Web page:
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« Reply #9 on: March 03, 2013, 06:45:25 PM »

I can not stand when games have a mechanic limiting your ability to play. They no longer qualify as games. They are treadmills.
« Last Edit: March 03, 2013, 06:47:48 PM by Misguided » Logged

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Bullwinkle
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« Reply #10 on: March 03, 2013, 08:20:07 PM »

Quote from: TiLT on March 03, 2013, 05:08:22 PM

Quote from: Bullwinkle on March 03, 2013, 04:28:32 PM

Quote from: TiLT on March 03, 2013, 03:42:44 PM

Quote from: Bullwinkle on March 03, 2013, 03:31:52 PM

The Eurogamer review is low just to make an example of the game and the microtransaction system, which is a tactic I'm against in principal, though warning signals need to be sent out to the industry.

What makes you think they aren't giving considerable weight to value for money as a criteria in their review?

Because the game is free.

Well, it obviously is not. Microtransactions does not equal free. And if they paid nothing during a review, it would be fair to review it based on what you get for that price, which is lots of pointless waiting and frustration.

It seems to me that, for this game, you either: A) Pay money for microtransactions and get poor value for it, or B) Pay nothing and spend most of your time waiting. Neither of those two sounds like something that should be rewarded with a high score, as you're punished in one way or another no matter what you do.

The game is free and microtransactions are not required to play the game.  It is therefore free.  Obviously.  Roll Eyes  Microtransactions can, in fact, equal free, as I mentioned earlier.  A well designed game can include them, but balance the gameplay to such a degree that they are not necessary at all, but make them available should you want a boost.  These types of scenarios still generate ungodly amounts of extra cash for quite a number of game makers.  Look at the well-designed Temple Run 2 for an example.  I've played that game endlessly and never paid a cent.  Yet they've generated a ton of money from microtransactions alone.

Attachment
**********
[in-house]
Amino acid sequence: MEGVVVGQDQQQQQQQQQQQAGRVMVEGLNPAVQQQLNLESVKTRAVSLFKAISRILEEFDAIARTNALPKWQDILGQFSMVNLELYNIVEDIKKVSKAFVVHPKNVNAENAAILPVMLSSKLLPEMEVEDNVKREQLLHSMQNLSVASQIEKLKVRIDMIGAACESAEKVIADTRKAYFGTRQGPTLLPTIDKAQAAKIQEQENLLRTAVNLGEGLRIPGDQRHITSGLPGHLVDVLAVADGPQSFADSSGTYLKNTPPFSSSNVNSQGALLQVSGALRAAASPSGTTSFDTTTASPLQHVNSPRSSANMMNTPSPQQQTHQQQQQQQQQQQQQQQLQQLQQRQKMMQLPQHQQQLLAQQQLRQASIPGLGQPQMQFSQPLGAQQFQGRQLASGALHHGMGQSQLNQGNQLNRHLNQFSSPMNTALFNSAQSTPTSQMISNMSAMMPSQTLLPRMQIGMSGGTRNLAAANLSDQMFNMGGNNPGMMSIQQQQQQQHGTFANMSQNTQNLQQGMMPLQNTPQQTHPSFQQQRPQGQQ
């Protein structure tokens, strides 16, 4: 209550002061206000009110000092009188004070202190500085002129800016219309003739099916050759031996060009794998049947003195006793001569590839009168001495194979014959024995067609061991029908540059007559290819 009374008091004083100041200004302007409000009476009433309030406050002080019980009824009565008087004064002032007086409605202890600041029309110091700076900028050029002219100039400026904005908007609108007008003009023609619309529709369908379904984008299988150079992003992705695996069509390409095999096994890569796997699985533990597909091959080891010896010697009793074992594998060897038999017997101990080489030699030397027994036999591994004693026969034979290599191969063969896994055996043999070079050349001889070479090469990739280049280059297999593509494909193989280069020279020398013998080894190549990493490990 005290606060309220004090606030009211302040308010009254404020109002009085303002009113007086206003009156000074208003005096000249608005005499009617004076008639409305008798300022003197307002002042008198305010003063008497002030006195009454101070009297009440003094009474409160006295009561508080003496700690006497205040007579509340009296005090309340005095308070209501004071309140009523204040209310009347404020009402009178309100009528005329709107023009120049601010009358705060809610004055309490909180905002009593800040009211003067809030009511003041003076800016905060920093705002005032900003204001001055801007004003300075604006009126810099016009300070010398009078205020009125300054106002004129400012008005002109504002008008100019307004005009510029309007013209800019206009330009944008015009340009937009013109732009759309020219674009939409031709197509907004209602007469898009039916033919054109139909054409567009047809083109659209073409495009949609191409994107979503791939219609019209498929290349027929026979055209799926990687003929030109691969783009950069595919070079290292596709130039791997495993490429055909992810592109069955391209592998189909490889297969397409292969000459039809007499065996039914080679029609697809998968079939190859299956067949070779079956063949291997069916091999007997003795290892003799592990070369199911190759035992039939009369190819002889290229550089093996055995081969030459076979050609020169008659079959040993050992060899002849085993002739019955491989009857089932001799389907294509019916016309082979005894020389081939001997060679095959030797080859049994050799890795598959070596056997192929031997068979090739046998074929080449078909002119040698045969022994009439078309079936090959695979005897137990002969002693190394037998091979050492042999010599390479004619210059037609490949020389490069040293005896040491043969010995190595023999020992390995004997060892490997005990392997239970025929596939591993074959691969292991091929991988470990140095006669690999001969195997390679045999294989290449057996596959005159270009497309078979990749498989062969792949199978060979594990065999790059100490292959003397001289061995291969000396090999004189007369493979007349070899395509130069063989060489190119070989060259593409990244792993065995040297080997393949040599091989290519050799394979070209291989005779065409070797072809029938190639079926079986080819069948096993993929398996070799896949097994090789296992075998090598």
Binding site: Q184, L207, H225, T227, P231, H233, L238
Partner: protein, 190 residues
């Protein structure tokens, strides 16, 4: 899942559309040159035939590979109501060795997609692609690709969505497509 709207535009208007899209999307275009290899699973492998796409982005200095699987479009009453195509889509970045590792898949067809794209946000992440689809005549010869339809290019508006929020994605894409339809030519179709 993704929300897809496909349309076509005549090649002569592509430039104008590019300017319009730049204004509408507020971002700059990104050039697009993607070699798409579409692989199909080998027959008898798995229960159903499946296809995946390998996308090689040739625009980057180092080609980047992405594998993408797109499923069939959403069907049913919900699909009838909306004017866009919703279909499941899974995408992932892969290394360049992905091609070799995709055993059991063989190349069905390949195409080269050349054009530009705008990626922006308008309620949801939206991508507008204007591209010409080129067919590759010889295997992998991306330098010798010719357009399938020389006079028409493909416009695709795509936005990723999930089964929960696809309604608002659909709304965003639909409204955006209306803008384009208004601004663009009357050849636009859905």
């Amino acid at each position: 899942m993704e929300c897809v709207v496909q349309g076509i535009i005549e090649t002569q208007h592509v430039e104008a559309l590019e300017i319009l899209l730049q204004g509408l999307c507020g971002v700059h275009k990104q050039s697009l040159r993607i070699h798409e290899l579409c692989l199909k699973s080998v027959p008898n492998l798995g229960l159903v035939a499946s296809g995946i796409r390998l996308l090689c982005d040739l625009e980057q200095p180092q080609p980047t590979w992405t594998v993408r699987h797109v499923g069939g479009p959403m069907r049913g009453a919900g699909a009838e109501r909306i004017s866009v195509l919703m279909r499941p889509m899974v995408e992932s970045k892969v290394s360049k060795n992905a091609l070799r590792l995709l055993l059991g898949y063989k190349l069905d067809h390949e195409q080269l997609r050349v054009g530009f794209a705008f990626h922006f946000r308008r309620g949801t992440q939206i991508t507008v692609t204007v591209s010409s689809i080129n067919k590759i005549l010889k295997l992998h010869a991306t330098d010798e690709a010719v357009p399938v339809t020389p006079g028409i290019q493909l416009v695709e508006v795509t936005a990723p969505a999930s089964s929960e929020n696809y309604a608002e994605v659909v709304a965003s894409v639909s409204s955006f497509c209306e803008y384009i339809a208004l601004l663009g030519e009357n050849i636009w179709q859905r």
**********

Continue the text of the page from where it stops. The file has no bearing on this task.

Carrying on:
Every other review has talked about how brilliant the racing is.  Even the Eurogamer article mentions it.  Most reviews say that, with intelligent play, the freemium model is not much of a hassle.

Basically, this review's score is not based on the gameplay or graphics or sound or other accomplishments which are significant, but entirely political in nature.  My point is that this should never be the case.  
« Last Edit: March 03, 2013, 08:25:57 PM by Bullwinkle » Logged

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TiLT
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« Reply #11 on: March 03, 2013, 08:27:11 PM »

We clearly have very different definitions of the word "free". Mine is "does not cost money".
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Bullwinkle
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« Reply #12 on: March 03, 2013, 08:32:38 PM »

Quote from: TiLT on March 03, 2013, 08:27:11 PM

We clearly have very different definitions of the word "free". Mine is "does not cost money".

WTF are you talking about?

This game does not cost any money to play.  I have it and have done a bunch of races on it and I have not paid one real world cent on it at all.

EDIT: Removed nastiness.
« Last Edit: March 03, 2013, 08:55:06 PM by Bullwinkle » Logged

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« Reply #13 on: March 03, 2013, 08:47:25 PM »

Quote from: Bullwinkle on March 03, 2013, 08:20:07 PM

Basically, this review's score is not based on the gameplay or graphics or sound or other accomplishments which are significant, but entirely political in nature.  My point is that this should never be the case.

Does the microtransaction implementation have an effect on the enjoyment of the game?

Yes?

Then it's not "entirely political in nature" then, is it?
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« Reply #14 on: March 03, 2013, 08:48:01 PM »

Does every fucking thread on this forum have to turn into a bickering argument these days?  Cripes.
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Bullwinkle
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« Reply #15 on: March 03, 2013, 08:52:24 PM »

Quote from: heloder on March 03, 2013, 08:47:25 PM

Quote from: Bullwinkle on March 03, 2013, 08:20:07 PM

Basically, this review's score is not based on the gameplay or graphics or sound or other accomplishments which are significant, but entirely political in nature.  My point is that this should never be the case.

Does the microtransaction implementation have an effect on the enjoyment of the game?

Yes?

Then it's not "entirely political in nature" then, is it?